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Post-Season Climbing Training Series
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How should climbers maintain their summer
level of fitness to prevent having to start all over again in the
spring? This compilation is the first of a series of Body Results
newsletter articles that will provide you with some varied, challenging,
and effective off-season workouts. Parts I and II will focus on
post-season training, helping you strengthen particular areas of the
body that may have been neglected during your hard summer of climbing
(including hamstrings, rhomboids, and chest). This month's Part
I features exercises that you can do anywhere, with minimal equipment
other than your bodyweight and a backpack or hand weights (heavy gallon
jugs or dictionaries can substitute -- no need to buy anything!) A perfect program to
take with you on the road as we enter the holiday season. No more
excuses! All exercises in December's Part II
will be ones you can do with access to cables or free weights that you'd find in most
gyms. January's Part III will introduce pre-season gym training to help
you increase your upper body and finger strength for the upcoming summer of outdoor climbing.
In order to get ready to do any strength
workout, we recommend you warm up somehow either by doing 5-10 minutes
of cardiovascular activity or perhaps performing some yoga stretches to
get the body prepared for more vigorous activity.
Two poses that help you stretch the lower back, shoulders, hamstrings, lats
and obliques are the Triangle Pose, in the middle, and Side Angle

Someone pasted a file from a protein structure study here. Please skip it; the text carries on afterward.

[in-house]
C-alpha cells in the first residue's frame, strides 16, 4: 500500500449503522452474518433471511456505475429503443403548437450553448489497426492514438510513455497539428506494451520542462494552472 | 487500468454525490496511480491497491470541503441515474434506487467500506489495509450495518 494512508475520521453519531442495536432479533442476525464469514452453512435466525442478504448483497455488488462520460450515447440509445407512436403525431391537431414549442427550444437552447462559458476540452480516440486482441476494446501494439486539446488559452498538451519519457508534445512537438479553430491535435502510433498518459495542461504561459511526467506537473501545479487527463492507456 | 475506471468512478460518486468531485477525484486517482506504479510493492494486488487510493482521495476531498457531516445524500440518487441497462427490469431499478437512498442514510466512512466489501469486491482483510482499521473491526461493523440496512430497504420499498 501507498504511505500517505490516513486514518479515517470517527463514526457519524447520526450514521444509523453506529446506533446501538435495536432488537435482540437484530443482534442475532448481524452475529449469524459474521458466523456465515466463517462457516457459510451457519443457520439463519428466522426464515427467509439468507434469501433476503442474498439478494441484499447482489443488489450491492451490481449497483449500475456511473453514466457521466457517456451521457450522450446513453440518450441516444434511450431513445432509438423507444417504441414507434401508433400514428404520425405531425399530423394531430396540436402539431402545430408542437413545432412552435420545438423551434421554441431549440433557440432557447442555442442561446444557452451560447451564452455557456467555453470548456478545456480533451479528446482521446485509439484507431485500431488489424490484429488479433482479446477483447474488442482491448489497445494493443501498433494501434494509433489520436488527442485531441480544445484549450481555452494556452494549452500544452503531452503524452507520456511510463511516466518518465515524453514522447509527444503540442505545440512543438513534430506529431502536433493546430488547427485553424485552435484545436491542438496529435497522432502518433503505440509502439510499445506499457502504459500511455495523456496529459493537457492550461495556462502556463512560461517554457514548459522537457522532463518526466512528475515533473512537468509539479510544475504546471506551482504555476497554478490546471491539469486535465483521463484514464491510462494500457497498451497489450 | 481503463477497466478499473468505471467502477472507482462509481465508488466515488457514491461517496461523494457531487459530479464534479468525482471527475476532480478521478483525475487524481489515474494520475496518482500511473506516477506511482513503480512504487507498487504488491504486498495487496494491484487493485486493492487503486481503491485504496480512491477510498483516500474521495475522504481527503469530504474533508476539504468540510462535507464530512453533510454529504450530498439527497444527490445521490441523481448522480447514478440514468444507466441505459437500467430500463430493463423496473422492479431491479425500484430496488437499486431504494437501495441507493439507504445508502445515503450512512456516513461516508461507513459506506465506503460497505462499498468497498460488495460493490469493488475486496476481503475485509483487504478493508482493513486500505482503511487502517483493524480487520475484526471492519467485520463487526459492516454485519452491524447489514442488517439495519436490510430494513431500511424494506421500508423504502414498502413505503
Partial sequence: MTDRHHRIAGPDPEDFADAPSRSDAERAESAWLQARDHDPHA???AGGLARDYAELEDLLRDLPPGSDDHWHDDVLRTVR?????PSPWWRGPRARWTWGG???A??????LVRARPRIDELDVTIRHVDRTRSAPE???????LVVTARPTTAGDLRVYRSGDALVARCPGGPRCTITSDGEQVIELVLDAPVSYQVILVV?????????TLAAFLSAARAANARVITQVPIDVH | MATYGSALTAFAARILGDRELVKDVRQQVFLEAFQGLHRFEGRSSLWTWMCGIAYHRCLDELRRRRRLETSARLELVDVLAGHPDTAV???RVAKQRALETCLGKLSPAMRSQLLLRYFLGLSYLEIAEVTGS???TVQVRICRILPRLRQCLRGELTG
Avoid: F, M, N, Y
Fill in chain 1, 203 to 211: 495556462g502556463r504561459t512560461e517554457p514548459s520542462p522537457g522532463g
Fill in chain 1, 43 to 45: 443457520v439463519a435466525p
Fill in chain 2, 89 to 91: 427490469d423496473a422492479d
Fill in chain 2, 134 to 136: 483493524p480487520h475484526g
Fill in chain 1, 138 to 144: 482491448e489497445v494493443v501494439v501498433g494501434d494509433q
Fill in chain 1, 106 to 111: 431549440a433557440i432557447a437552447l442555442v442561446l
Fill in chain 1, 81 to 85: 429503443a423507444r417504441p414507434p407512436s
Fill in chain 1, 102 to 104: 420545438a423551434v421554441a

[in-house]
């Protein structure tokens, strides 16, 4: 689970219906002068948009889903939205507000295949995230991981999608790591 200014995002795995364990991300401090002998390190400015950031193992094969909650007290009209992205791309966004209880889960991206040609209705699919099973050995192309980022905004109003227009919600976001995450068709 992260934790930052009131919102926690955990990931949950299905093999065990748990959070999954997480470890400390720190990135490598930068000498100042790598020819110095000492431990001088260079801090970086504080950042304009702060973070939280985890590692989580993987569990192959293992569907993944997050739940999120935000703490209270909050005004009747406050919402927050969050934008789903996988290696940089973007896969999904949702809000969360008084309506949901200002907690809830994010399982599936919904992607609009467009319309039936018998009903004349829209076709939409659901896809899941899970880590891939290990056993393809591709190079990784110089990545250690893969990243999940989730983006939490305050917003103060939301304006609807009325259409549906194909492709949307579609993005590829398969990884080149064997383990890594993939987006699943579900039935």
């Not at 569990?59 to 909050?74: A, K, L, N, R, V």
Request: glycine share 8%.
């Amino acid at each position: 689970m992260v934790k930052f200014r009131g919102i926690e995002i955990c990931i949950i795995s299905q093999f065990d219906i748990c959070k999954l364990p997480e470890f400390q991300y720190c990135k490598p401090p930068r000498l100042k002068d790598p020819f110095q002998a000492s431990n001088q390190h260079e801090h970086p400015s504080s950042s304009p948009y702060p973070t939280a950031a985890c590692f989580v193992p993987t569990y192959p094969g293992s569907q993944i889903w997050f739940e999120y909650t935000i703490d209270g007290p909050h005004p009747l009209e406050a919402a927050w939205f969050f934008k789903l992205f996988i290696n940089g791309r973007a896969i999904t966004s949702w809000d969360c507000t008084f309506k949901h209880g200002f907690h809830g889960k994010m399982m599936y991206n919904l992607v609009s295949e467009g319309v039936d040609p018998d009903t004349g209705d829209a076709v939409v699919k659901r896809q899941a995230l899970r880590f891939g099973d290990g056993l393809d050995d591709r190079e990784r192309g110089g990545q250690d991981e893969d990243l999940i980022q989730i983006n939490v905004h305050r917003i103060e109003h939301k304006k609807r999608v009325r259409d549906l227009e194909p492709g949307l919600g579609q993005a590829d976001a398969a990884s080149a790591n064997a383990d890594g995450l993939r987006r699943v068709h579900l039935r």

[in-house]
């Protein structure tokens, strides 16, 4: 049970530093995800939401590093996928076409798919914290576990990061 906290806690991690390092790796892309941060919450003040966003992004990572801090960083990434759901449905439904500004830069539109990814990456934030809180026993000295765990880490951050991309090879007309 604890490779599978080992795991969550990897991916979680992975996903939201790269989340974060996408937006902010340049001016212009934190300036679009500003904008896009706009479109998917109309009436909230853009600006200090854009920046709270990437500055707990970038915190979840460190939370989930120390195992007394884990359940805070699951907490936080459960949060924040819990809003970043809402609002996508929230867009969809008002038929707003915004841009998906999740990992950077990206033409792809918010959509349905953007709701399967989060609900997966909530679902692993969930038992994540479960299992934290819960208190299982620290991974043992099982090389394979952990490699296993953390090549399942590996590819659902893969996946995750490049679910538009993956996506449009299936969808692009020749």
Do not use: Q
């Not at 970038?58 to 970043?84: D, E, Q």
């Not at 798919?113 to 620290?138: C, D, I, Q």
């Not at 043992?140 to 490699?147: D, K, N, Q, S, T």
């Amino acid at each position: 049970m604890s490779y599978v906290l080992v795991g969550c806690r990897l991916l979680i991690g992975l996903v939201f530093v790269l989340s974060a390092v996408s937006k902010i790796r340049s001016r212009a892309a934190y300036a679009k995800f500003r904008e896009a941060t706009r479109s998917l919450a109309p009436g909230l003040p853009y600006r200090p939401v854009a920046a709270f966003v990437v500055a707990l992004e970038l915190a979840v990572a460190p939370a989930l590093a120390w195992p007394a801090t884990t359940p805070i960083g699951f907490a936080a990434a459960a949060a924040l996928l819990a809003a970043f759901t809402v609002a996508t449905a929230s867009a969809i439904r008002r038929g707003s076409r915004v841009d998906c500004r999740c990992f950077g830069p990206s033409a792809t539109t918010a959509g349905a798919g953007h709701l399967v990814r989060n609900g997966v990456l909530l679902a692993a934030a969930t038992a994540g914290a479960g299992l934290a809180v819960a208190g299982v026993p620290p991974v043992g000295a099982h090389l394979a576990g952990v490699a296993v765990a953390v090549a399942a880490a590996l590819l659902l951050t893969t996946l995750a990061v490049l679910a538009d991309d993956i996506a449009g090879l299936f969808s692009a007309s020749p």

Stretch, far right. Hold each for 30-60 seconds on each
side. Perform against a wall until your balance improves, and
reach hand up and back toward the wall. Reach arm along top ear
for an even more complete stretch.
Once you are warmed up and stretched (see Climbing
Essentials for other suggestions) continue with the strength workout
in the order suggested below (largest muscles to smallest).
Heel Hook (1-leg Hamstring Curl) 2-3 sets, 6-8 reps each leg
To strengthen your hamstrings for heel hooking, (and balance out
quads/hamstrings) lie flat on your back with both legs on a sturdy
chair or bench, knees and hips at right angles, hands wide to keep
you balanced (then narrower as you get stronger.) Lift
one foot off the chair and bridge your hip up with the other,
striving for a straight line from knee to shoulders. Be
conscious of your pelvis -- make sure your body doesn't tilt or
tip to one side as you lift. Keep the body squared off --
and you'll engage the lower back and obliques as well. Try this
with weight in your lap or feet on a ball as ways to
1-Leg, 1-Arm Deadlifts 2-3 sets 4-6 each hand
This exercise enhances balance as well as strengthens the glutes, quads, ankles, and hips.
Stand on 1 foot, other foot hovering just above the floor behind
you for balance. Hold a dumbbell, dictionary, or gallon jug
in one hand, and then squat down as low as you can toward the
floor (as shown) before lifting back up to vertical standing
position. Repeat 4-6 times with that hand, then switch hands for 4-6 more but remain on that leg.
Shake out the leg, switch to the other, and repeat for 4-6
reps using each hand. To increase the difficulty, pause at
the bottom, increase the weight, add repetitions, or drive
yourself upward as though you were going to hop off the floor on one leg.
Forward Leaning Lunges 2-3 sets 10-12
This move is effective for ski season AND climbing! It will help you strengthen the glutes, the
power horses in your body that propel you up alpine routes in
order to reach your vertical climbs. Instead of taking the
usual posture of vertical torso, lean forward at the hip (keeping
back flat and extended) and out over the front toes. Press
through the front foot to engage the gluteus maximus muscles in
your buttocks. Exhale as you push back, and add dumbbells, a
backpack, or a barbell across your shoulders to increase intensity
as you get stronger.
Side Low Lunges 2-3 sets 10-12 each leg
A great way to stretch hips and strengthen quads for vertical wall climbing and balance is the
side-to-side low lunge, pictured here. Keep torso vertical,
toes turned out, and for added effect, do this while standing face